[III.] This command by its terms embraced the armies under command of General Bragg in Tennessee, of General Pemberton at Vicksburg, as well as those at Port Hudson, Mobile, and the forces in East Tennessee.
[IV.] This general order has never been changed nor modified so as to affect your command in a single particular, nor has your control over it been interfered with. I have, as commander-in-chief, given you some orders, which will be hereafter noticed; not one of them, however, indicating in any manner that the general control confided to you was restricted or impaired.
[V.] You exercised this command by visiting in person the armies at Murfreesborough, Vicksburg, Mobile, and elsewhere, and on the 22nd January I wrote you, directing that you should repair in person to the army at Tullahoma, on account of a reported want of harmony and confidence between General Bragg and his officers and troops. This letter closed with the following passage:
As that army is part of your command, no order will be necessary to give you authority there, as, whether present or absent, you have a right to direct its operations and do whatever else belongs to the general commanding. 22nd January, 1863
[VI.] Language cannot be plainer than this; and although the different armies in your geographical district were ordered to report directly to Richmond as well as to yourself, this was done solely to avoid the evil that would result from reporting through you when your headquarters might be, and it was expected frequently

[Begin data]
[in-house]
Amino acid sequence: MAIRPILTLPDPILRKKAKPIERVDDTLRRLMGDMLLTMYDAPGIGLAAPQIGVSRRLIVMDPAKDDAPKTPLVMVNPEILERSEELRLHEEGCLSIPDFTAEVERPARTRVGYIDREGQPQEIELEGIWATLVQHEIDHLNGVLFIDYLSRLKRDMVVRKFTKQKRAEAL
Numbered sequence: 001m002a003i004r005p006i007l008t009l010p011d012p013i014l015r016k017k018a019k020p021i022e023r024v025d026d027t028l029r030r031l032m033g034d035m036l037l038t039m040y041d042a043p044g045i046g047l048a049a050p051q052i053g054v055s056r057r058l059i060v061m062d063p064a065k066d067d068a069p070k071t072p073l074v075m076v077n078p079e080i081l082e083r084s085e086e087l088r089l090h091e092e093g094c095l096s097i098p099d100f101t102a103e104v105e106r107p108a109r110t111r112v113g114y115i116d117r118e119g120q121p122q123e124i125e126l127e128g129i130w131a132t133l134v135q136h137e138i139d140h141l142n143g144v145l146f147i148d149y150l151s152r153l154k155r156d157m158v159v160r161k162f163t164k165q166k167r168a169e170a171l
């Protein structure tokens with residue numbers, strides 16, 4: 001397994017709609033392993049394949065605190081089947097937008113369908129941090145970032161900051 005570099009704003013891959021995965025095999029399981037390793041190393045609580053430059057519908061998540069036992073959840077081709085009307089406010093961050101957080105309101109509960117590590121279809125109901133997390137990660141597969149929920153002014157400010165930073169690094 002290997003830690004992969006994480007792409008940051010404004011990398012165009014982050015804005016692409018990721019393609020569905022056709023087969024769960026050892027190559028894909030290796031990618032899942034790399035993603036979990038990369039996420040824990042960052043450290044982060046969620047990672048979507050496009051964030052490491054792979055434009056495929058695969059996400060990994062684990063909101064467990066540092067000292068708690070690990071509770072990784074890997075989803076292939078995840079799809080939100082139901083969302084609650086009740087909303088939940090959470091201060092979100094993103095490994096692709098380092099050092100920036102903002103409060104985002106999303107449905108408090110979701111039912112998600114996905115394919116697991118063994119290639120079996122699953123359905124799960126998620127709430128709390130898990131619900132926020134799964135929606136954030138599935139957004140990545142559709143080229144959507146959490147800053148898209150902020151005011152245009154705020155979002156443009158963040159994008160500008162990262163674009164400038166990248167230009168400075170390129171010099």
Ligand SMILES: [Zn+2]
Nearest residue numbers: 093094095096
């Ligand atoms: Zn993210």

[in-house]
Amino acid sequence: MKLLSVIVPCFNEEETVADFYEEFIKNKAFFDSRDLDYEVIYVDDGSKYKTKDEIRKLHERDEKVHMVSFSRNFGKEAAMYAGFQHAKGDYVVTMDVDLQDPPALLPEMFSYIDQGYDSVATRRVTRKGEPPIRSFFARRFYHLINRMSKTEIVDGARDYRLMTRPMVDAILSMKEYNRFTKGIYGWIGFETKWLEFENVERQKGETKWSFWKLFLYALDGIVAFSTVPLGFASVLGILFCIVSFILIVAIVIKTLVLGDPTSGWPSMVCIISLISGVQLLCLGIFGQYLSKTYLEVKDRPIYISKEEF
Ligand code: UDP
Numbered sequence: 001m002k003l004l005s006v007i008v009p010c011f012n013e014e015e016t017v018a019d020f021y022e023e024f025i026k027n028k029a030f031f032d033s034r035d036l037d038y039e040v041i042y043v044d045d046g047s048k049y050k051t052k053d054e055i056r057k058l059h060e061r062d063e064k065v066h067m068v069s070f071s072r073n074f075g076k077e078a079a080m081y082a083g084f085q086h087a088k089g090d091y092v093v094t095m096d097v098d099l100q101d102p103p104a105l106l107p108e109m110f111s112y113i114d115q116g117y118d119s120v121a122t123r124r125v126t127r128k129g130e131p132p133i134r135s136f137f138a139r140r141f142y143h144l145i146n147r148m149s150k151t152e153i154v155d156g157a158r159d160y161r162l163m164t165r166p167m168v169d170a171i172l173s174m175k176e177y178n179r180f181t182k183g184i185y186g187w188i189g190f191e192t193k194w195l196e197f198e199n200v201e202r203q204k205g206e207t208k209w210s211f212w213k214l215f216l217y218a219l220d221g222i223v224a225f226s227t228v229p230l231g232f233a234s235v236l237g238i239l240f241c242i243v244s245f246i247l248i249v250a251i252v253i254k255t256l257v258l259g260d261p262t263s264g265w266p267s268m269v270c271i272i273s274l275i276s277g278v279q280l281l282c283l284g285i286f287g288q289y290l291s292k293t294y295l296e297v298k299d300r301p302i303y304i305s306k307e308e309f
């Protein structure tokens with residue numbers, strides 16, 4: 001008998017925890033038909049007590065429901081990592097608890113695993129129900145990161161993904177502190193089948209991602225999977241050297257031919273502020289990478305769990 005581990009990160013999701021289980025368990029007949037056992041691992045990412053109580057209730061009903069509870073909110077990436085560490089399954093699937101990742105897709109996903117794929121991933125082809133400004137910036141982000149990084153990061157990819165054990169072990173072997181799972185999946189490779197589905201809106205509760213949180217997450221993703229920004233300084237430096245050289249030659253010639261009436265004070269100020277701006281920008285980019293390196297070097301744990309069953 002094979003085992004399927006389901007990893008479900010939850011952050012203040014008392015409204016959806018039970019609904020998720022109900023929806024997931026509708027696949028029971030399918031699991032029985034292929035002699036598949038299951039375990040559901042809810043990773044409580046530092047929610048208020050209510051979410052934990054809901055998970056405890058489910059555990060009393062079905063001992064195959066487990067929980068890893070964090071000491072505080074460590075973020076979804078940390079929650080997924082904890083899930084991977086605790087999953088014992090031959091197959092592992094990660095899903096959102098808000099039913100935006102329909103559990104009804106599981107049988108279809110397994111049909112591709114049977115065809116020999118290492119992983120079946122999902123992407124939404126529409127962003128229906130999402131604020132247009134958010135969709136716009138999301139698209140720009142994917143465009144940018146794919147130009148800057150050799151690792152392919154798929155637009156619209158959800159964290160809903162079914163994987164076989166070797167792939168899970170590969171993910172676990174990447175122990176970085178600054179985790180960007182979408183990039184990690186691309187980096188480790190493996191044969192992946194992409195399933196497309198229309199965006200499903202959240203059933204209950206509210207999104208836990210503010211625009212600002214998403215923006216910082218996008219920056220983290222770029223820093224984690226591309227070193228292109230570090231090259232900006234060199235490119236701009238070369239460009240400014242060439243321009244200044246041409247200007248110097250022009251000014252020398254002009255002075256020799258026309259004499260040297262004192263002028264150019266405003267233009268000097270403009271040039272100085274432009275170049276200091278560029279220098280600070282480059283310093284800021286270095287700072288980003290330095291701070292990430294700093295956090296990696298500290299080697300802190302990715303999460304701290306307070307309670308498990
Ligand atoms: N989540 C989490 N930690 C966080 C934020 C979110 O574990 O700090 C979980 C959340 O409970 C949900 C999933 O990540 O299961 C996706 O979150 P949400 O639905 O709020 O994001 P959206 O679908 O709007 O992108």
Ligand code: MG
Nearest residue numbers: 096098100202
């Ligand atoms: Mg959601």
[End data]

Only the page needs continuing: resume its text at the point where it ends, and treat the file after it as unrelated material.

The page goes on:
would be, so located as to create delays injurious to the public interest.
[VII.] While at Tullahoma you did not hesitate to order troops from General Pemberton's army: and, learning that you had ordered the DIVISION of cavalry from Northern Mississippi to Tennessee, I telegraphed you that this order left Mississippi exposed to cavalry raids without means of checking them. You did not change your orders, and although I thought them injudicious, I refrained from exercising my authority in deference to your views.
[VIII.] When I learned that prejudice and malignity had so undermined the confidence of the troops at Vicksburg in their commander as to threaten disaster, I deemed the circumstances such as to present the case foreseen in Special Orders, Number 275, that you should-repair in person to any part of said command whenever your presence may for the time be necessary or desirable.
[IX.] You were therefore ordered on 9th May to-
proceed at once to Mississippi and take chief command of the forces, giving to those in the field as far as practicable the encouragement and benefit of your personal direction. 9th May, 1863
[X.] Some details were added about re-enforcements, but not a word affecting in the remotest degree your authority to command your geographical district.
[XI.] On the 4th June you telegraphed to the Secretary of War, in response to his inquiry, saying: 4th June, 1863.
My only plan is to relieve Vicksburg. My force is far too small for purpose. Tell me if you can increase it and how much.
[XII.] To which he answered on the 5th: 5th June, 1863.
I regret inability to promise more troops, as we have drained resources even to the danger of several points. You know best concerning General Bragg's army, but I fear to withdraw more. We are too far outnumbered in Virginia to spare any, &c.
[XIII.] This dispatch shows that up to the 5th June, the War Office